Sea Surface Temperature

About the SLSTR

Thumbnail - Sentinel-3 Launch - SST - Feature

The dual view, nine-channel Sea and Land Surface Temperature Radiometer (SLSTR) on board Sentinel-3 will haves a resolution of 500 m in the visible and shortwave infrared and 1 km in the thermal infrared and include two channels optimised for fire monitoring.

It continues and further improves the sea surface temperature record collected by the AATSR instruments flown on ERS and Envisat satellites. The aim is to collect highly accurate measurements to provide a reference dataset for other sea surface temperature missions on other satellites.

The design of SLSTR is improved from the previous AATSR instruments to include a wider swath of 1400 km in the nadir view and 740 km in the dual view.

As well as monitoring SST, the instrument will also monitor sea and land ice temperature, atmospheric aerosols and cloud properties and fires (both over land and for ocean gas flares).

Last Updated:  Monday, 01 April 2019

How is sea surface temperature data used?

Sea surface temperature data is used as input for weather and ocean forecasting, to observe and monitor ocean current systems and ocean fronts, eddies, upwelling areas, marine ecosystems and the development of large scale El Niño/La Niña events.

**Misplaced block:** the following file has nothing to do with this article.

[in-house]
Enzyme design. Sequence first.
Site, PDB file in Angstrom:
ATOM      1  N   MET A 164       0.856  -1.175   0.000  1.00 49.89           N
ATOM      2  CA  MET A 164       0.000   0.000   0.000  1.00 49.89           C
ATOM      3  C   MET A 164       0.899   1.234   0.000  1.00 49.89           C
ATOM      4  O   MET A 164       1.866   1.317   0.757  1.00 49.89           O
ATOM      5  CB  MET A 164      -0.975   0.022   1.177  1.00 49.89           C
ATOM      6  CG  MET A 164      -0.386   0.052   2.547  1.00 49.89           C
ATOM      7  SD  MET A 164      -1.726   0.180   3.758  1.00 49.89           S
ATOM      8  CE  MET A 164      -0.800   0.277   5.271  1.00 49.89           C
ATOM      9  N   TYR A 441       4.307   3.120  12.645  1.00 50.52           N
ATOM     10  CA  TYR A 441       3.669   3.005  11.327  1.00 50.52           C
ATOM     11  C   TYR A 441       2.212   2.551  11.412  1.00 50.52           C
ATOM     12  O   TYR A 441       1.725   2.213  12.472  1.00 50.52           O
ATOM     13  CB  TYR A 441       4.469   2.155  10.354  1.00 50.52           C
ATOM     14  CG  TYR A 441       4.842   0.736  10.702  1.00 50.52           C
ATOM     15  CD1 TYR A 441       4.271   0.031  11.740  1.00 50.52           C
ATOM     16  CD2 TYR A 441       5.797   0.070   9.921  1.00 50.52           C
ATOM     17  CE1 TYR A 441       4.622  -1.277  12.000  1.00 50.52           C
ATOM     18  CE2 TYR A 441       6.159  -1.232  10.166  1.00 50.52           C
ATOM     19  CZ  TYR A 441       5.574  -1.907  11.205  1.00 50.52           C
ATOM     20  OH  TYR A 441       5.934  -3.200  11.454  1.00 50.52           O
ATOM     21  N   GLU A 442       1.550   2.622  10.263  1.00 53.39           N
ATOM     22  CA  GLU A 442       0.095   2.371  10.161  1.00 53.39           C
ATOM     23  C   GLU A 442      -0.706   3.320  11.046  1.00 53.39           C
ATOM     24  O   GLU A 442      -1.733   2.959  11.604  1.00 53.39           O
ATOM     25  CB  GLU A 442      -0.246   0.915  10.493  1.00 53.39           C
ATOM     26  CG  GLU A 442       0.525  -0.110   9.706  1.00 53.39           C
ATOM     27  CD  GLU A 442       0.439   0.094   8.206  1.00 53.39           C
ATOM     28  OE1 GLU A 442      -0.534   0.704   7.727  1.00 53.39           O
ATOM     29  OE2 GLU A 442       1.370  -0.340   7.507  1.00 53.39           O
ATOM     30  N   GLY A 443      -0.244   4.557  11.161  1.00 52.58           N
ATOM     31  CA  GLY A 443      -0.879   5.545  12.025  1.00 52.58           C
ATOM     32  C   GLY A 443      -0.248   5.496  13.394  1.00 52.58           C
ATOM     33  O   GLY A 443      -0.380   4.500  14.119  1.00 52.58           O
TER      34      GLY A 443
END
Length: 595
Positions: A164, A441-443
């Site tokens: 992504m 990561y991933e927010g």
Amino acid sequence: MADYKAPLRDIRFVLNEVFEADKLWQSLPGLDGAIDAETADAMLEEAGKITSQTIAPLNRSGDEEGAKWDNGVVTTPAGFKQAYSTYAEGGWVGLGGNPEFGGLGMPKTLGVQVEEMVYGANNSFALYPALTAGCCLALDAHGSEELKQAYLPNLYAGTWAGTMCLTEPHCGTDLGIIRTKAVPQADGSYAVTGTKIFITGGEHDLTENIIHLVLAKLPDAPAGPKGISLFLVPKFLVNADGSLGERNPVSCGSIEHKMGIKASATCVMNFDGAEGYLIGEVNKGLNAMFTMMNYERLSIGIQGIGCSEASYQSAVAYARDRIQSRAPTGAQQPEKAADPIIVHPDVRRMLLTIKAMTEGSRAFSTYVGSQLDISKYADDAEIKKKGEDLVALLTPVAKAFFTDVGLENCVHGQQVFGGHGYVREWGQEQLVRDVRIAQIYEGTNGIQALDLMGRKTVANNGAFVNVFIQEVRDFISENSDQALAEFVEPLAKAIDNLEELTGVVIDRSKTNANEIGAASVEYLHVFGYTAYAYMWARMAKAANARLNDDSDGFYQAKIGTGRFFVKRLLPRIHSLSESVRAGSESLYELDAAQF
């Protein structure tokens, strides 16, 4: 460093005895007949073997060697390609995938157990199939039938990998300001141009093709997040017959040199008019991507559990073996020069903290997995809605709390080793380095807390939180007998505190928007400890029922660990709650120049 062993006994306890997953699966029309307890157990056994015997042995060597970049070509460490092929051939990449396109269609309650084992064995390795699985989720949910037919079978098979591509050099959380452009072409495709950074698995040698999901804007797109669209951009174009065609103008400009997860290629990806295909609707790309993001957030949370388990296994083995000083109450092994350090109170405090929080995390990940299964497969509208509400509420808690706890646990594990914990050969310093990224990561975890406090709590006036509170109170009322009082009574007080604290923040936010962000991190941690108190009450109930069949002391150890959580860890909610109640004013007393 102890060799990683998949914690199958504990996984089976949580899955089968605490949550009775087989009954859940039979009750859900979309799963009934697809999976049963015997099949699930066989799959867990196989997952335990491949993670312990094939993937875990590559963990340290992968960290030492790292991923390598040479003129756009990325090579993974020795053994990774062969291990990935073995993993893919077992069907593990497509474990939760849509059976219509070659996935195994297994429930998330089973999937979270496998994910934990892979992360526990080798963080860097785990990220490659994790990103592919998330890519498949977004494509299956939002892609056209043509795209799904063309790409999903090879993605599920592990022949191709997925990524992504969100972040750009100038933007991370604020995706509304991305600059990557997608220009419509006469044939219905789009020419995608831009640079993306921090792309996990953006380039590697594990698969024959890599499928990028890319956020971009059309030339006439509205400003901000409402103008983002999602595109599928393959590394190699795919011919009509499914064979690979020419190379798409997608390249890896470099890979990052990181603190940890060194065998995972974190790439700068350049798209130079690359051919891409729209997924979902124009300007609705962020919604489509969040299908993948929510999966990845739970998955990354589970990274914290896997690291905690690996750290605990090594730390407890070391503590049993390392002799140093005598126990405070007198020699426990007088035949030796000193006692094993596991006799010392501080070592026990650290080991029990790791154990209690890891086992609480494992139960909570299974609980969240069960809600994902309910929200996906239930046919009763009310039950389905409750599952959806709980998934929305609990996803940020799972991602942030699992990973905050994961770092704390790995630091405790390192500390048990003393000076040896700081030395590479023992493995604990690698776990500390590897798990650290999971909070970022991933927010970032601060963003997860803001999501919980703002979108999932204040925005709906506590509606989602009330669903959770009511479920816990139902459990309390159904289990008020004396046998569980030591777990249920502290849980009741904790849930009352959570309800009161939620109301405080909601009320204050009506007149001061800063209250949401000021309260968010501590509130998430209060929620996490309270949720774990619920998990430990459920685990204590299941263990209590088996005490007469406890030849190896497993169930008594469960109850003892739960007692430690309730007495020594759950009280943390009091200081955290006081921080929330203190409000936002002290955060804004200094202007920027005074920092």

Because of the importance of sea surface temperature to the global heat budget it is monitored  as an essential climate variable (ECV).

Sea surface temperature data is also used to improve scientists’ understanding of the ocean surface layer, upper ocean variability, energy transfer, and air-sea interactions.

Other important areas of research include developing a better understanding of the impact of changes in the temperature of the ocean surface over the course of the day and changes between the temperature at the ocean surface and the depths below.

SST data is also used to help manage marine ecosystems, for example to identify frontal areas with large congregations of fish or monitor coral bleaching events, and also for travel and tourism.

    Examples of Sea Surface Temperature Data

  • Global, Arctic and Antarctic SST
    Courtesy of
    the GHRSST Project
  • Global SST from EUMETSAT's polar orbiting Metop satellites
    SST varies from around -1.8°C near the edge of the polar sea ice to about 30°C near the equator
  • Sentinel-3 SLSTR Level-1b channel S8 (10.8microns), 9 Nov, over the Red Sea.
    Shows thermal signature of land surfaces and sea temperature.
    Copyright: Copernicus Data

 Access SST data via EUMETSAT and/or CMEMS.


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